Moreover, in an environment where banks are authorized to operate in multiple markets (such as securities, real estate, and insurance), one could argue that, facing cross-market competitive pressures, banks in concentrated markets may be less able to extract rents. Therefore, in economies where banks are less restricted in their activities, the negative effects of bank market power may be of lower magnitude. This line of study is all the more relevant for the U.S. in light of the recent passage of the Financial Services Modernization Act.
Cetorelli and Gambera (2001) look at this issue, using a control variable that ranks countries according to how restrictive is the regulatory environment for banks.  However, they do not find significant evidence that the regulatory environment affects the role of banking market structure. More research along this line of inquiry is in order.
Bank concentration and concentration in other sectors
Does bank concentration “transmit” to other industries? In other words, does a concentrated banking sector lead to the formation of concentrated industry sectors, with fewer and larger firms? The effect on the market structure of industry sectors represents a novel dimension of analysis of the economic role of banking market structure. If the evidence in Cetorelli and Gambera suggests that bank concentration may help spur growth by favoring entry of young firms, could it still be the case that over time the concentrated banking industry leads to the emergence of concentration of ownership and control in those sectors that the banks helped to grow?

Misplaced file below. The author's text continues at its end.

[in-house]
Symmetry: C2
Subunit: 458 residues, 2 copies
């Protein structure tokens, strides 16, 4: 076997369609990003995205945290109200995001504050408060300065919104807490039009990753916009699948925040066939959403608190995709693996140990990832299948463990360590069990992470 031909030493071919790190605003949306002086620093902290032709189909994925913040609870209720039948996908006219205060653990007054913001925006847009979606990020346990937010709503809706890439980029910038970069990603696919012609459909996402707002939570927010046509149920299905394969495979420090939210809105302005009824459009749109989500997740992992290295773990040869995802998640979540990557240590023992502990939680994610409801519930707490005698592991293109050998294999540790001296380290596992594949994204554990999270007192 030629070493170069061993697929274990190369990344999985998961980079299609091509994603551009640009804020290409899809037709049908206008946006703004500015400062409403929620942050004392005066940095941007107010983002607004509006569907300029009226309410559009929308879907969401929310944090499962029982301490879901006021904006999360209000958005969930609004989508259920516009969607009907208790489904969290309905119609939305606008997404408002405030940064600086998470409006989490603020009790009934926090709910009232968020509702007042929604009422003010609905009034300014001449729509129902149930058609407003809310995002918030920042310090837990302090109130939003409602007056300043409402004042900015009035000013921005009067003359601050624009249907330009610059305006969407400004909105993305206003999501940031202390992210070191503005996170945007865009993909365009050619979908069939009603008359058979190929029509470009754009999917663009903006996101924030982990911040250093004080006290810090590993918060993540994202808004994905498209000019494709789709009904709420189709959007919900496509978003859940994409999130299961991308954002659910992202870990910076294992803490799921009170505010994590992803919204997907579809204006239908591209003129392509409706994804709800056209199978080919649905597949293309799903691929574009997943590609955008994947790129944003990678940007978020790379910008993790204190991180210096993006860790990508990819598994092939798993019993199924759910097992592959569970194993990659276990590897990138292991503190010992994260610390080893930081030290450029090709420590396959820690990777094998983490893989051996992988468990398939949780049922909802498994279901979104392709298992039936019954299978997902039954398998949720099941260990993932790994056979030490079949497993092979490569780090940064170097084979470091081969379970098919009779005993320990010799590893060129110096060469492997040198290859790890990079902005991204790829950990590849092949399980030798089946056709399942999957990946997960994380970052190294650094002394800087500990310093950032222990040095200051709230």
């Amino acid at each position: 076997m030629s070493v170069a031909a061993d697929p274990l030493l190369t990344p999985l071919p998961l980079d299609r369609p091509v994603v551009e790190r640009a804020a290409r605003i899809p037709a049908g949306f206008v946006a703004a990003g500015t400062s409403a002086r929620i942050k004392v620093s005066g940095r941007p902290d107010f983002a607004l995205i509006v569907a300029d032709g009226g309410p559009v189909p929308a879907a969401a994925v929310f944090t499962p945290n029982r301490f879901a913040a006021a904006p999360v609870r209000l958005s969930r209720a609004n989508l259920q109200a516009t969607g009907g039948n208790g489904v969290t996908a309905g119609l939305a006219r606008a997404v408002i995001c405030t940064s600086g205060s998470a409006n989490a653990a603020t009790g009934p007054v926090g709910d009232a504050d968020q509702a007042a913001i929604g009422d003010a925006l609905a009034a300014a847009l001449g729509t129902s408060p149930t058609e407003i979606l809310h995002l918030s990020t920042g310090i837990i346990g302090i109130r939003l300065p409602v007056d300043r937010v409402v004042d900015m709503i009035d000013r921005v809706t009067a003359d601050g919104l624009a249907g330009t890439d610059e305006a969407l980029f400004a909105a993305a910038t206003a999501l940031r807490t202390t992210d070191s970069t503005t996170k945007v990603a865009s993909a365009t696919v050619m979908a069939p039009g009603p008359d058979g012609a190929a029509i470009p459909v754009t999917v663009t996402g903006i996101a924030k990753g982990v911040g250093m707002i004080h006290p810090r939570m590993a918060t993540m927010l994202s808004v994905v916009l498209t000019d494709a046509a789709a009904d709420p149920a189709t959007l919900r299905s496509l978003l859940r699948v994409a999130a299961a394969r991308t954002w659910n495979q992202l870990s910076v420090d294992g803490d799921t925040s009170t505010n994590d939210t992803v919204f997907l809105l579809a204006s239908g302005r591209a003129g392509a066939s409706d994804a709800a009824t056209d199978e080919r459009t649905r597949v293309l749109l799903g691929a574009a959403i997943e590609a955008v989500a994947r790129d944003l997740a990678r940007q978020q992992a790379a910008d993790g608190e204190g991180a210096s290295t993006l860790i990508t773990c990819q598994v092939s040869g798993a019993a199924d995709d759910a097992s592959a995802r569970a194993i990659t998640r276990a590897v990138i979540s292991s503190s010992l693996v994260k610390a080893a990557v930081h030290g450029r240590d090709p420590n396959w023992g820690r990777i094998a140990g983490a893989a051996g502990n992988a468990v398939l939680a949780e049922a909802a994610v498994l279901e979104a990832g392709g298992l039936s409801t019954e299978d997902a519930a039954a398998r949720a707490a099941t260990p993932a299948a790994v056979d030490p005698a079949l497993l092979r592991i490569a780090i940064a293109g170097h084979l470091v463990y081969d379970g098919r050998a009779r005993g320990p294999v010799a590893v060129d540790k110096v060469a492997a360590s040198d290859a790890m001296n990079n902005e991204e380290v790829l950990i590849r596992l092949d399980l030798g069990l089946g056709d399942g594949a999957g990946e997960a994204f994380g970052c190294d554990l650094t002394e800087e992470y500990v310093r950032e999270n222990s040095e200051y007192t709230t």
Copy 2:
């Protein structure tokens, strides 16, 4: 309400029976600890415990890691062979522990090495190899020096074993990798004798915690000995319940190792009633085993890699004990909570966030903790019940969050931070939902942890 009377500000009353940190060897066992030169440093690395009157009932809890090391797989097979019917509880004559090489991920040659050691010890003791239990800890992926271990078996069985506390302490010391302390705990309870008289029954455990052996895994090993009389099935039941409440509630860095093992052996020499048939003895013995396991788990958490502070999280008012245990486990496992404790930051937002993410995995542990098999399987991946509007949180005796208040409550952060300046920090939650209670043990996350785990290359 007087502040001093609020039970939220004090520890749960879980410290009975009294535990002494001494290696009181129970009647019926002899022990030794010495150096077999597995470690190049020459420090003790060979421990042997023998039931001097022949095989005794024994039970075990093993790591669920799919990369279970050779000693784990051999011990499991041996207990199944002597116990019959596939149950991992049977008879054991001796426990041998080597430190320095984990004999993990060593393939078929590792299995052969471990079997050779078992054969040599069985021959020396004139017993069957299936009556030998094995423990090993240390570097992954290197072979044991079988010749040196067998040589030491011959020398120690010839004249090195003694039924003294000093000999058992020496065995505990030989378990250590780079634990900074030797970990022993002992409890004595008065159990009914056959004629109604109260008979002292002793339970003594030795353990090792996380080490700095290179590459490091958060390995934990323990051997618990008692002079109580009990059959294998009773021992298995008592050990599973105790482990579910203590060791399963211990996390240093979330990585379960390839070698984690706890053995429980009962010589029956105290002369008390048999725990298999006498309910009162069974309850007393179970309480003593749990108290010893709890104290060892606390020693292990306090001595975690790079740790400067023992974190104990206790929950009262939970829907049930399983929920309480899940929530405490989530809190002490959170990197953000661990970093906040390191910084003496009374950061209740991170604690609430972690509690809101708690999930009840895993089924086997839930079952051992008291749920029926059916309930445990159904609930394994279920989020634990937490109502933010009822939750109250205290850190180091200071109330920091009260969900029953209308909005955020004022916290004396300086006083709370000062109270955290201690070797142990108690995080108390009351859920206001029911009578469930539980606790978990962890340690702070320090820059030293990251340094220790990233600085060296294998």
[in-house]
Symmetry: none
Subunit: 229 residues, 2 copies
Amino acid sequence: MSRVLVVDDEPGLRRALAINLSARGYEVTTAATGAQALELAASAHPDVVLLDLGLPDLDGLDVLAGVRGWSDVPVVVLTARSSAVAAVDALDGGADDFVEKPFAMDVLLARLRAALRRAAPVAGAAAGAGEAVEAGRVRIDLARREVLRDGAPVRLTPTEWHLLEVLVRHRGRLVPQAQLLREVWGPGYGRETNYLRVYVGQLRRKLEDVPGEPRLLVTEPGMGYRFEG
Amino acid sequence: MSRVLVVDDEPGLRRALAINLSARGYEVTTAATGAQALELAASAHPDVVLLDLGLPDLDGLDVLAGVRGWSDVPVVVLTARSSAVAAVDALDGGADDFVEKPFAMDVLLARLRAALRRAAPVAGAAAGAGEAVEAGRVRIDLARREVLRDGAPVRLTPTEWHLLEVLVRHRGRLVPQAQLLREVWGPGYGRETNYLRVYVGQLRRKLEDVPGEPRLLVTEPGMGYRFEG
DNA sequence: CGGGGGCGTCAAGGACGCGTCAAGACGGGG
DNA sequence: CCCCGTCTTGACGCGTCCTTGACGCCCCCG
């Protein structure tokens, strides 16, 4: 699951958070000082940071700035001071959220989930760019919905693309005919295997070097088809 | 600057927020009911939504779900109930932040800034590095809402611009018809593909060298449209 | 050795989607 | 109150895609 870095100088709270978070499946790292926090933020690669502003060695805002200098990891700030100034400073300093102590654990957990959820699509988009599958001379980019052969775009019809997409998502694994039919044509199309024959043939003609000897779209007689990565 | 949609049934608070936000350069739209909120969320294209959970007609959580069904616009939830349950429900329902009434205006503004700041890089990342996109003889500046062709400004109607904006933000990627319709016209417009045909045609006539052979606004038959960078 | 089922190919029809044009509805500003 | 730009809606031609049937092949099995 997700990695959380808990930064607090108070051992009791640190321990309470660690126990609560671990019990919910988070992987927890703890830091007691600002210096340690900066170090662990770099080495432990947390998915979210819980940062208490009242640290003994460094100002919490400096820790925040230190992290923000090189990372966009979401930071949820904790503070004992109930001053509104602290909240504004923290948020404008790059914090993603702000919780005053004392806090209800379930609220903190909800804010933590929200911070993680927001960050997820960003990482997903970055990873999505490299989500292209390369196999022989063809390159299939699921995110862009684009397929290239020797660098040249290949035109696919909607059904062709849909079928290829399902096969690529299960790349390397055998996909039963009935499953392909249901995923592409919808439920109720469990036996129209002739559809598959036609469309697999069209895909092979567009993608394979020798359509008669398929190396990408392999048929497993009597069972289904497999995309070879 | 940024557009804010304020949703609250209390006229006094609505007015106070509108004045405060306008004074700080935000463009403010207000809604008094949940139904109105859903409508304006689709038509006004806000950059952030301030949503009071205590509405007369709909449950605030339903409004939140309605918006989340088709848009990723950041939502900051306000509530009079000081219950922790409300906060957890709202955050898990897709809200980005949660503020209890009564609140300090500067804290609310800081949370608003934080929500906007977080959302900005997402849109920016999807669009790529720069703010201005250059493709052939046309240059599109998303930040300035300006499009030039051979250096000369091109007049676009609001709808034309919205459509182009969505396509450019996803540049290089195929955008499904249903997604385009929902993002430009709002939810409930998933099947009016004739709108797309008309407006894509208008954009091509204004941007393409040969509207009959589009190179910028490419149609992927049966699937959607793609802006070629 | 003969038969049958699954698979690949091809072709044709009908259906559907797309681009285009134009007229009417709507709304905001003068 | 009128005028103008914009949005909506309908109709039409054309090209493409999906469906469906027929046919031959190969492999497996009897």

What determines industries’ market structure? There is a literature in corporate finance focusing on the determinants of firms’ size, in most cases the best available measure of an industry’s market structure. If, all else equal, a sector is formed by a few, large firms, then that sector is relatively more concentrated, while if the same sector is formed by a relatively large number of smaller firms, then the sector is relatively unconcentrated. In a quite exhaustive work, Kumar, Rajan, and Zingales (1999) mention a large number of determinants of firm size and test their empirical significance. Evaluating industry-specific factors, the authors suggest that capital-intensive industries, industries with higher wages, and those with higher R&D (research and development) intensity exhibit larger firms. Looking at country (market) factors that are common across industries, countries with a better judicial system and those with higher human capital have industries with larger firms.